Why We Create, a series by director/cinematographer Andy Newman, features artists and what drives them. This video is the second installment with portrait photographer Nick Fancher but I highly recommend watching all that Andy has to offer as the series will remind you why we got into photography in the first place (An easy thing to forget when on the hustle for clients). Now if you'll excuse me I feel the need to get out and create something. Enjoy the video.
Chinese photographer Zhang Xiao’s “Shanxi” series captures the otherworldly rituals of a lunar New Year festival in China’s Shanxi province. The series’ ethereal photographs were taken with a simple Holga film camera, creating a haziness and sense of mysticism that emphasizes the integrity of the festival’s rituals despite cultural reform and modern influence.
SPOILER WARNING. Listening to Vincent Laforet might leave you forever changed, never able to watch film or TV the same way again. The silver lining is he can also change the way you shoot, and engage, with your audience. With that disclaimer out of the way (you can't say I didn't warn you), join me as I talk to Vincent for this exclusive as we venture down the film and motion rabbit hole. How deep we go is really up to you...
Back in July, I reviewed Alien Skin Exposure 5, and decided it was one of the best Photoshop plugins for photographers to date. With its gorgeous film presets and full customization of every tool imaginable, Alien Skin seemed to be miles ahead of the competition, making a system that works well for both the beginner and seasoned pro. This morning, Alien Skin announced the followup to their flagship plugin, with Exposure 6.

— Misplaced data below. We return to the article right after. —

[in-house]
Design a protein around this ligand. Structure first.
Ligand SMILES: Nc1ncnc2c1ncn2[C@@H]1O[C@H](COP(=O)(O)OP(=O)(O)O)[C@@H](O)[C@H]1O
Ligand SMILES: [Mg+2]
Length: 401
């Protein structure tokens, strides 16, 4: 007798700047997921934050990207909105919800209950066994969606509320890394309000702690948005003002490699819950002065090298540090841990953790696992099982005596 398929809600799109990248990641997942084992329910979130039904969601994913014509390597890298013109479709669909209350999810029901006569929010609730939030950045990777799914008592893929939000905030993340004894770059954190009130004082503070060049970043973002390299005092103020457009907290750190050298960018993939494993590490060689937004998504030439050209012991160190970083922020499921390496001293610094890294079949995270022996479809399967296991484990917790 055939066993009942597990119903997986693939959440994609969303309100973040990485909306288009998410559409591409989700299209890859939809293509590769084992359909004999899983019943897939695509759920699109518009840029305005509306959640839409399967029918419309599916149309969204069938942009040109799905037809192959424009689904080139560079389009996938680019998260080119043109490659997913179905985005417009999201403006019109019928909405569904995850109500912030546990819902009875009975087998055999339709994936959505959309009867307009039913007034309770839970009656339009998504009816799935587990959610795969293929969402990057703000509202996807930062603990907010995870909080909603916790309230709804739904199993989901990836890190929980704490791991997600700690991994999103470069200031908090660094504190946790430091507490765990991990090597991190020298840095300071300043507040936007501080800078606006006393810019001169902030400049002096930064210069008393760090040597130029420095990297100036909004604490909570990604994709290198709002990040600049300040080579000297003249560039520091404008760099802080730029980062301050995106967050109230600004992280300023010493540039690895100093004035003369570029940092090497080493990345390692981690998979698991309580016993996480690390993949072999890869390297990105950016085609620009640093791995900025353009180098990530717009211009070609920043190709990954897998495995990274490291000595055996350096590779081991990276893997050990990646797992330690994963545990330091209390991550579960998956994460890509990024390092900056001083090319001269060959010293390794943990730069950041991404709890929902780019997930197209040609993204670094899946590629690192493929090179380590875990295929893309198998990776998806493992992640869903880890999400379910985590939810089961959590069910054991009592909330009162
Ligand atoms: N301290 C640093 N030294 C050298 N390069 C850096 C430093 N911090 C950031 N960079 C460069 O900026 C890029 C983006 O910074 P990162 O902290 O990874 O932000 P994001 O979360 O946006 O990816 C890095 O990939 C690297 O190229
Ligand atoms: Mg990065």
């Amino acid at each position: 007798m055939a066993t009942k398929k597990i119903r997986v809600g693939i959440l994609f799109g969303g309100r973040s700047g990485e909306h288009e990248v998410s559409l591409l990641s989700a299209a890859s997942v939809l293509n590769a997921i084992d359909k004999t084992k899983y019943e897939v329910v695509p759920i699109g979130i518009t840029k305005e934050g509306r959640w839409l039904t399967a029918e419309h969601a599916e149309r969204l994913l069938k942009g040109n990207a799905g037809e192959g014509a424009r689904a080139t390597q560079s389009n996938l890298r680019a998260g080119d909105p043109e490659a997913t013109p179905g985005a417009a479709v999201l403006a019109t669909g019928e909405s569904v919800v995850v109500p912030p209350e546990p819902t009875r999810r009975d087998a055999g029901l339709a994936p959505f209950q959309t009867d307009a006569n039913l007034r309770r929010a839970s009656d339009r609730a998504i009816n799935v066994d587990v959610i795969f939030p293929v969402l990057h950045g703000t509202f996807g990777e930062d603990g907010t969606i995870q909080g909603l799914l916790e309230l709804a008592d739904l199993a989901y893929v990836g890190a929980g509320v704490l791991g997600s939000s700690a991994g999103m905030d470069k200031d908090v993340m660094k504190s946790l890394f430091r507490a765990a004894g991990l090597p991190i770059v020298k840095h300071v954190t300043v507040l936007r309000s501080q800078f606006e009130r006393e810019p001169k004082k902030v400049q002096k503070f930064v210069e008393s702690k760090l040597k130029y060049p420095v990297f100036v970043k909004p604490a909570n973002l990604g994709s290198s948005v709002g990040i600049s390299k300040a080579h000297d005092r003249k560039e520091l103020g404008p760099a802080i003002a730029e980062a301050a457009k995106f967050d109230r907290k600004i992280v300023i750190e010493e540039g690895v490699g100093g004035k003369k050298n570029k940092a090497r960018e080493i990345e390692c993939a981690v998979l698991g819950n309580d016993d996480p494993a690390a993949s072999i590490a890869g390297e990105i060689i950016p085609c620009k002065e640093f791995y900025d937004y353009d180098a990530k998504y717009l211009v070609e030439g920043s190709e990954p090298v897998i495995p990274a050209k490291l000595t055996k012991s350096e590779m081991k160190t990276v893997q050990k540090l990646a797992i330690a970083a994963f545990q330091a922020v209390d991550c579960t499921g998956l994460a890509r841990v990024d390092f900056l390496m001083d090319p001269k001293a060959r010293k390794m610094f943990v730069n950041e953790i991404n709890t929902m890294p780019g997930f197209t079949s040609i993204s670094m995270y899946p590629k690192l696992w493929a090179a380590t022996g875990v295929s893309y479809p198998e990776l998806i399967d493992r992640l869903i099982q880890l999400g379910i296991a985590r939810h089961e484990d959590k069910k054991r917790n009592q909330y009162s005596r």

Andrew Dean from HillBillyGripTruck.com posted his updated video shootout of the Gh4, Gh3, 5d3, 7d, and C100. The results were pretty cool and we were able to get a nice side by side view of quality from each of the cameras as they were all setup to be relatively close in settings. On top of making sure settings were close, all of the cameras shot at the same time in the same exact lighting situation to make sure they were all brought an equal scene to work with.
Michael Ash Smith is a commercial wedding, portrait, and lifestyle photographer based out of Barto, PA. As a hybrid photographer, much of Michael's work is done on 35mm and medium format film with some instant film here and there for special occasions. He recently shared images from a wedding he shot over on the Junebug Weddings blog. The difference? Everything he shot that day was with instant film.
The iconic Windows XP wallpaper "Bliss" is widely considered to be the world's most viewed image. Though most of us are familiar with the beautiful image that has graced our computers at one point or another, not many are familiar with the story of how it came to be, and fewer yet that it is in fact a real image captured on film! Photographer Charles O'Rear shares with us the story behind how he created the image with nothing more than his Mamiya RZ67 and a roll of Fuji Film.